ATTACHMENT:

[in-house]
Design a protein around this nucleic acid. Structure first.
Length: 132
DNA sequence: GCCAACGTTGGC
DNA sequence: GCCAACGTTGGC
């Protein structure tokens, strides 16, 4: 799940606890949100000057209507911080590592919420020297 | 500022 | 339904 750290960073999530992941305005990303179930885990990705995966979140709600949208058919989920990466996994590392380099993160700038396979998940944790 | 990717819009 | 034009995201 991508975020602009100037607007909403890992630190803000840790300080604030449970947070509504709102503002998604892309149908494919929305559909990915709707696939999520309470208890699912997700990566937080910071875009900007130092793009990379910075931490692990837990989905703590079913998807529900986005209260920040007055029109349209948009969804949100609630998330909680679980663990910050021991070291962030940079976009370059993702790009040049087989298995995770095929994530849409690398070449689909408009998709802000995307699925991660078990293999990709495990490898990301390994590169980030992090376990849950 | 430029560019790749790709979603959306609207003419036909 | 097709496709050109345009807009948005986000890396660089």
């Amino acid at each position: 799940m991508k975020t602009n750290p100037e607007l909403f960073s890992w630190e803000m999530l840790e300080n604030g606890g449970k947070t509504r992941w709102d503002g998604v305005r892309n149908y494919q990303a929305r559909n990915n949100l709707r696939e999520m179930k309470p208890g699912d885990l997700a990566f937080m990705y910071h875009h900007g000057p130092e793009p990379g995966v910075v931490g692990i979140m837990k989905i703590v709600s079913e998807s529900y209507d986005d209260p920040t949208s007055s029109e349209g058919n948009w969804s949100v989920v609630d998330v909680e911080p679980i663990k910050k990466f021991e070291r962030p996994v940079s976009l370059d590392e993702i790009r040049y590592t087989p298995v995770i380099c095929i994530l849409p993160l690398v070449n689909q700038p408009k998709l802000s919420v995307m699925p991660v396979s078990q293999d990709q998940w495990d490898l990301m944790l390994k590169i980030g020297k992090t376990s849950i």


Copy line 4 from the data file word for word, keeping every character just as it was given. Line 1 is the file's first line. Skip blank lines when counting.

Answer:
DNA sequence: GCCAACGTTGGC